The Folly Of Following Flawed GDP Forecasts

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Includes: DIA, QQQ, RINF, SPY
by: Louis Navellier

By Gary Alexander

The name of this column is "Growth" Mail, but any headline about Growth these days seems dismal. Last Friday, the Atlanta Fed released its latest twice-weekly update of their projected first-quarter U.S. GDP at a scant 0.1%. Their forecasts have been all over the map in the last few months - as high as 2.7% in mid-February when the stock market was in the tank but then sinking steadily, even as the market rose.

Atlanta Fed Gross Domestic Product Forecast for 2016 Chart

Graphs are for illustrative and discussion purposes only. Please read important disclosures at the end of this commentary.

According to the Wall Street Journal (in "Real-Time GDP Tracker Gains a Following - and Some Criticism," April 8), the Atlanta GDPNow number (published only since 2014) plugs in all of the GDP economic data points into a model that projects the eventual GDP number for the current quarter.

In this age of instant analysis GDPNow is fast becoming the hottest number on Wall Street. We get so impatient for meaningful numbers that we don't want to wait until April 28 for the first iteration of first-quarter GDP growth. We want our GDP Now! But we can get whiplashed by the frequent changes. In four weeks, GDPNow fell from 2.3% on March 11 to 0.1% on April 8. What's next: Negative growth?

Since we love to devour bad news more than good news, GDPNow Google searches have skyrocketed:

Google Searches for 'GDPNow'

Google Searches for GDPNow Chart

Global Growth Estimates (by the IMF) are Notoriously Flawed

Global growth since 2010 has not been bad, but the high projections and low outcomes concern many economists. Ed Yardeni wrote (in "Fed Policy Made in China?" April 5), that "World industrial production has increased 31% over the 83 months since its previous cyclical trough on February 2009 through the first month of this year. That's not too bad compared to the previous 74-month expansion from December 2001 through February 2008, when this index rose 32%." But, he adds, overall global GDP growth was not so good:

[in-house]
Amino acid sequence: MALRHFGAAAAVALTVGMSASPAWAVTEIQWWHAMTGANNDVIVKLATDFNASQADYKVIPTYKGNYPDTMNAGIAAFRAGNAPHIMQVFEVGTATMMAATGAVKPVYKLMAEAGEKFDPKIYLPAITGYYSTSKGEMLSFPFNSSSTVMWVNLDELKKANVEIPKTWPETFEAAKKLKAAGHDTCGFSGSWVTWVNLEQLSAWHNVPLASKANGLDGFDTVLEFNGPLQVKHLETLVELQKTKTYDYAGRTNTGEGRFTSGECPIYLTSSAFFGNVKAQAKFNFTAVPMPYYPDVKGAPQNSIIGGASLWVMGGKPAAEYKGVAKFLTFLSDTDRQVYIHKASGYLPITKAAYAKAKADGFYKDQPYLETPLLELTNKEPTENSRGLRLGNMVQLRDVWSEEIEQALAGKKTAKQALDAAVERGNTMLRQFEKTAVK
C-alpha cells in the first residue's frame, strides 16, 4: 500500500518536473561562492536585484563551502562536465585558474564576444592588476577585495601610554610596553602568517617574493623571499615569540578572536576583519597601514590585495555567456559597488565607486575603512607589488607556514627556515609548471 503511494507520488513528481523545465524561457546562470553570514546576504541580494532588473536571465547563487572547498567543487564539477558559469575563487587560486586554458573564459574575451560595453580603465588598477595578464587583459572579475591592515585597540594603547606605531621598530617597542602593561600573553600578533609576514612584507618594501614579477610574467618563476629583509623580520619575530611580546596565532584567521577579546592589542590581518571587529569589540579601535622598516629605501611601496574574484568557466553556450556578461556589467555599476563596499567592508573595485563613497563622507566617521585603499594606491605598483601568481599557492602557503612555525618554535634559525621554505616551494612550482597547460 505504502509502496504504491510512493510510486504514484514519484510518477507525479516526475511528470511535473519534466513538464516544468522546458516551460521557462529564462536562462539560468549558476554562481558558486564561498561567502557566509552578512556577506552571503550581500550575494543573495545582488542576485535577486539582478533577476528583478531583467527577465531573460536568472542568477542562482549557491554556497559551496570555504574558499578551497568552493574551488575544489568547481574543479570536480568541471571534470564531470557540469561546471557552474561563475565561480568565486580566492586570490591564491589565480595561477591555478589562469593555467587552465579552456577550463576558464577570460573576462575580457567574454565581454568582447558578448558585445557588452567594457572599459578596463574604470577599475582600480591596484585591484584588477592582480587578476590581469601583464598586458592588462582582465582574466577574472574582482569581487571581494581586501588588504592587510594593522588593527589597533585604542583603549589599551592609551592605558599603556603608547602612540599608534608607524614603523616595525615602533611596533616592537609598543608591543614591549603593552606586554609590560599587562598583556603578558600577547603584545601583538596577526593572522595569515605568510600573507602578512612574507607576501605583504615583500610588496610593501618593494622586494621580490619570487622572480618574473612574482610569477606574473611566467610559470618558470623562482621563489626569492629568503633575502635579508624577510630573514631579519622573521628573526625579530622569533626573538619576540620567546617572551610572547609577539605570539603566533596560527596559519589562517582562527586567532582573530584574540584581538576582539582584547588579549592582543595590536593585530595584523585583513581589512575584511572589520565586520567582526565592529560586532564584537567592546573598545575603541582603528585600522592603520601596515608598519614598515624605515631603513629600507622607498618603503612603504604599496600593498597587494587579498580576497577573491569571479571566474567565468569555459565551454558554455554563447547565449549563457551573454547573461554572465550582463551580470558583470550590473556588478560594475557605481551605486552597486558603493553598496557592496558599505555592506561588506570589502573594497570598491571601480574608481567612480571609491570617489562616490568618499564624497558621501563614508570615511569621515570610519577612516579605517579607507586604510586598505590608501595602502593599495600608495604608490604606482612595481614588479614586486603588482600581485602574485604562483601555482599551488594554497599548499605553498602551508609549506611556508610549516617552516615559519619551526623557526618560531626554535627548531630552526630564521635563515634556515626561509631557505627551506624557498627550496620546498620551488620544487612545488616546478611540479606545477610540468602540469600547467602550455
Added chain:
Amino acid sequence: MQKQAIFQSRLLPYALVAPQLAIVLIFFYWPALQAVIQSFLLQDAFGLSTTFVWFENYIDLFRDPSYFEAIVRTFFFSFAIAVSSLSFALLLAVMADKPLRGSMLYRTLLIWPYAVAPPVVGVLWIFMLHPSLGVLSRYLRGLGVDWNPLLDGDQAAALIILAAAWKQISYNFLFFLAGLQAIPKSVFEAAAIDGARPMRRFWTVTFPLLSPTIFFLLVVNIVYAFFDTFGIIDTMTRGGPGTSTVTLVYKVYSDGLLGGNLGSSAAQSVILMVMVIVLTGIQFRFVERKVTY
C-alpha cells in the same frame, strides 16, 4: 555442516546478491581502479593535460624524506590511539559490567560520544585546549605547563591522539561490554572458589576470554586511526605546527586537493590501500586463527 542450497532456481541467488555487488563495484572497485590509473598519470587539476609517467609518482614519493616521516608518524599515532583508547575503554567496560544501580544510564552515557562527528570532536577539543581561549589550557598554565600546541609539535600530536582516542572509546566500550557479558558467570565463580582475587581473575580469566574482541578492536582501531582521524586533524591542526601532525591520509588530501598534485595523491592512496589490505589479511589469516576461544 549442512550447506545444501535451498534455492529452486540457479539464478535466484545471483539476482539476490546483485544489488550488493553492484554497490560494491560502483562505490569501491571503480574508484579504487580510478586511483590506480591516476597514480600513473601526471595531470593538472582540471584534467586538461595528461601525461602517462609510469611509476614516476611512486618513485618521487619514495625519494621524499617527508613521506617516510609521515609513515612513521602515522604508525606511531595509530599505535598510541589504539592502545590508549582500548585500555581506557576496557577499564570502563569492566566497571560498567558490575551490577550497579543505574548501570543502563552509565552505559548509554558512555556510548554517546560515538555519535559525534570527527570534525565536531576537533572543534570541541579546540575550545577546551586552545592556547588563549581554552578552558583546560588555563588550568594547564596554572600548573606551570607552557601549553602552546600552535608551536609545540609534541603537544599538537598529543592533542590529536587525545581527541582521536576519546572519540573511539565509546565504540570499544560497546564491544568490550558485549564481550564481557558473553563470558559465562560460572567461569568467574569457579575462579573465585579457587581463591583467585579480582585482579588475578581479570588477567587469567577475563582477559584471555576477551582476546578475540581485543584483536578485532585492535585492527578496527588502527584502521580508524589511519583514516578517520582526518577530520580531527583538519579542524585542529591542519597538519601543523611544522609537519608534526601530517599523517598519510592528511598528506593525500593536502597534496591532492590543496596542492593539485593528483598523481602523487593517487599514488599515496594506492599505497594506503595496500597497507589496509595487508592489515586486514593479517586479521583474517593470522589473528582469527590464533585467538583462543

The length of the actual post-recovery expansion this time has been 62 months so far with a gain of just 14% vs. 59 months during the previous decade with a gain of 26%.

Louis Navellier has often said that the Fed can't hit the broad side of the barn (or even find the barn) in its GDP or inflation forecasts. Globally, the same barn-missing exercise comes out each October from the International Monetary Fund (IMF). They have been way too optimistic in their last five annual forecasts.

Jack Ablin wrote in "Outlook for Financial Markets" (April 6) that

Economists were projecting 5% worldwide growth for 2016 as recently as five years ago. Thus far, the figure is clocking in at 3.5%. In 2010, the IMF tried to project five-year cumulative real gross domestic product for 20 of the world's major economies. 18 fell short of expectations, with Italy, Brazil, and Russia falling substantially behind.

International Monetary Fund World Real Gross Domestic Product Forecast Chart

Graphs are for illustrative and discussion purposes only. Please read important disclosures at the end of this commentary.